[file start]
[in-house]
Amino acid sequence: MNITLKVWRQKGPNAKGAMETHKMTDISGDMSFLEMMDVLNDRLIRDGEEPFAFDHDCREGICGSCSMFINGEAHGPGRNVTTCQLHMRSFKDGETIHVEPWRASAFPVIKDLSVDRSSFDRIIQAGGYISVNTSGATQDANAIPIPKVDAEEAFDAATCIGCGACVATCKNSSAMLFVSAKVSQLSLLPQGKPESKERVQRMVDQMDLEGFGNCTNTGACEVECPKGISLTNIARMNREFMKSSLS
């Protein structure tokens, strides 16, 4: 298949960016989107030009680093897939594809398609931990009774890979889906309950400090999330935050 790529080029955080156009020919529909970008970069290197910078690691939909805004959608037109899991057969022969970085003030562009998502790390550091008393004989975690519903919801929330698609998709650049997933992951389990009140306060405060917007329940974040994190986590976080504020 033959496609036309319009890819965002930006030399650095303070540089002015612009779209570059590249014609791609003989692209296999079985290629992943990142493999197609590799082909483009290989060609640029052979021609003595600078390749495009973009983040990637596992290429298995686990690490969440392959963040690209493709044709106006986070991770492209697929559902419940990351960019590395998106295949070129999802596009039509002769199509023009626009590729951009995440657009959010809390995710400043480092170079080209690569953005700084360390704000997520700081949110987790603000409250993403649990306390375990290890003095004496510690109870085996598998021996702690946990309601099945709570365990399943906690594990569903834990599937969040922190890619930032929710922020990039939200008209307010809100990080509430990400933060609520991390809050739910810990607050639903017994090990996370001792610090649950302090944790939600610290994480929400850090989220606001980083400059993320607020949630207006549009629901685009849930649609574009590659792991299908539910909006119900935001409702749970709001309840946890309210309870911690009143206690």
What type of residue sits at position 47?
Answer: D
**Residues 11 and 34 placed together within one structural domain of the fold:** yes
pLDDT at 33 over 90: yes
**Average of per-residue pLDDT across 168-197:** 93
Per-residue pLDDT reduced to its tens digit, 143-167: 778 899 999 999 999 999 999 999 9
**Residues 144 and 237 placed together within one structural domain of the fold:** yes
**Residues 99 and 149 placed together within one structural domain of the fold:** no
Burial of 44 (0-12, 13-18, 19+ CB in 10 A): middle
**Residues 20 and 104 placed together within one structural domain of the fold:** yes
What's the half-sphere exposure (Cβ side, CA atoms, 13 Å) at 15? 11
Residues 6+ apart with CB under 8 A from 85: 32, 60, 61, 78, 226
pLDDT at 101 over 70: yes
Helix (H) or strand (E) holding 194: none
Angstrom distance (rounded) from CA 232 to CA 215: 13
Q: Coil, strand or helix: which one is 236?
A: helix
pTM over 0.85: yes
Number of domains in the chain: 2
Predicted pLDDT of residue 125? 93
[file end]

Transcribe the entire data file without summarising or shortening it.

[in-house]
Amino acid sequence: MNITLKVWRQKGPNAKGAMETHKMTDISGDMSFLEMMDVLNDRLIRDGEEPFAFDHDCREGICGSCSMFINGEAHGPGRNVTTCQLHMRSFKDGETIHVEPWRASAFPVIKDLSVDRSSFDRIIQAGGYISVNTSGATQDANAIPIPKVDAEEAFDAATCIGCGACVATCKNSSAMLFVSAKVSQLSLLPQGKPESKERVQRMVDQMDLEGFGNCTNTGACEVECPKGISLTNIARMNREFMKSSLS
């Protein structure tokens, strides 16, 4: 298949960016989107030009680093897939594809398609931990009774890979889906309950400090999330935050 790529080029955080156009020919529909970008970069290197910078690691939909805004959608037109899991057969022969970085003030562009998502790390550091008393004989975690519903919801929330698609998709650049997933992951389990009140306060405060917007329940974040994190986590976080504020 033959496609036309319009890819965002930006030399650095303070540089002015612009779209570059590249014609791609003989692209296999079985290629992943990142493999197609590799082909483009290989060609640029052979021609003595600078390749495009973009983040990637596992290429298995686990690490969440392959963040690209493709044709106006986070991770492209697929559902419940990351960019590395998106295949070129999802596009039509002769199509023009626009590729951009995440657009959010809390995710400043480092170079080209690569953005700084360390704000997520700081949110987790603000409250993403649990306390375990290890003095004496510690109870085996598998021996702690946990309601099945709570365990399943906690594990569903834990599937969040922190890619930032929710922020990039939200008209307010809100990080509430990400933060609520991390809050739910810990607050639903017994090990996370001792610090649950302090944790939600610290994480929400850090989220606001980083400059993320607020949630207006549009629901685009849930649609574009590659792991299908539910909006119900935001409702749970709001309840946890309210309870911690009143206690």
What type of residue sits at position 47?
Answer: D
**Residues 11 and 34 placed together within one structural domain of the fold:** yes
pLDDT at 33 over 90: yes
**Average of per-residue pLDDT across 168-197:** 93
Per-residue pLDDT reduced to its tens digit, 143-167: 778 899 999 999 999 999 999 999 9
**Residues 144 and 237 placed together within one structural domain of the fold:** yes
**Residues 99 and 149 placed together within one structural domain of the fold:** no
Burial of 44 (0-12, 13-18, 19+ CB in 10 A): middle
**Residues 20 and 104 placed together within one structural domain of the fold:** yes
What's the half-sphere exposure (Cβ side, CA atoms, 13 Å) at 15? 11
Residues 6+ apart with CB under 8 A from 85: 32, 60, 61, 78, 226
pLDDT at 101 over 70: yes
Helix (H) or strand (E) holding 194: none
Angstrom distance (rounded) from CA 232 to CA 215: 13
Q: Coil, strand or helix: which one is 236?
A: helix
pTM over 0.85: yes
Number of domains in the chain: 2
Predicted pLDDT of residue 125? 93